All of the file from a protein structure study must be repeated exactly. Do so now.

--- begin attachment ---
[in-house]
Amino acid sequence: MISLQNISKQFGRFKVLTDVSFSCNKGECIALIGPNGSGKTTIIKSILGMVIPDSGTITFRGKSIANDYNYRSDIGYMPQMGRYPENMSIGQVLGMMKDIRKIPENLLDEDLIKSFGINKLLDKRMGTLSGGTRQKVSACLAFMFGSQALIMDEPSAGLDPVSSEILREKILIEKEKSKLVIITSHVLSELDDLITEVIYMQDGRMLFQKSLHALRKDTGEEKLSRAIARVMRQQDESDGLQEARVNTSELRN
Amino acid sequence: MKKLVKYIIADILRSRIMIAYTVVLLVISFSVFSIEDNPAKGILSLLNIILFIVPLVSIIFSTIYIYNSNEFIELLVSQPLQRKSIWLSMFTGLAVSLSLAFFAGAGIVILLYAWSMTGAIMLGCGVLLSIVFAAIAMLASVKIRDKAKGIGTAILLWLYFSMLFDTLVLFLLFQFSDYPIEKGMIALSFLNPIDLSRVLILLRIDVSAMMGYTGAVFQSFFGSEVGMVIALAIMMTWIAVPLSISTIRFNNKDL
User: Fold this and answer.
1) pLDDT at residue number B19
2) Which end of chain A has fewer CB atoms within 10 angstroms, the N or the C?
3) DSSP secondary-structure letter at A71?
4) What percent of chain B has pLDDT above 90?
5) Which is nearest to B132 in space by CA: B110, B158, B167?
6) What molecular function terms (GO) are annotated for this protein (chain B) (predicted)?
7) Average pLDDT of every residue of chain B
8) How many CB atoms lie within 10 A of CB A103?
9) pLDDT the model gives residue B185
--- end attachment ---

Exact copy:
[in-house]
Amino acid sequence: MISLQNISKQFGRFKVLTDVSFSCNKGECIALIGPNGSGKTTIIKSILGMVIPDSGTITFRGKSIANDYNYRSDIGYMPQMGRYPENMSIGQVLGMMKDIRKIPENLLDEDLIKSFGINKLLDKRMGTLSGGTRQKVSACLAFMFGSQALIMDEPSAGLDPVSSEILREKILIEKEKSKLVIITSHVLSELDDLITEVIYMQDGRMLFQKSLHALRKDTGEEKLSRAIARVMRQQDESDGLQEARVNTSELRN
Amino acid sequence: MKKLVKYIIADILRSRIMIAYTVVLLVISFSVFSIEDNPAKGILSLLNIILFIVPLVSIIFSTIYIYNSNEFIELLVSQPLQRKSIWLSMFTGLAVSLSLAFFAGAGIVILLYAWSMTGAIMLGCGVLLSIVFAAIAMLASVKIRDKAKGIGTAILLWLYFSMLFDTLVLFLLFQFSDYPIEKGMIALSFLNPIDLSRVLILLRIDVSAMMGYTGAVFQSFFGSEVGMVIALAIMMTWIAVPLSISTIRFNNKDL
User: Fold this and answer.
1) pLDDT at residue number B19
2) Which end of chain A has fewer CB atoms within 10 angstroms, the N or the C?
3) DSSP secondary-structure letter at A71?
4) What percent of chain B has pLDDT above 90?
5) Which is nearest to B132 in space by CA: B110, B158, B167?
6) What molecular function terms (GO) are annotated for this protein (chain B) (predicted)?
7) Average pLDDT of every residue of chain B
8) How many CB atoms lie within 10 A of CB A103?
9) pLDDT the model gives residue B185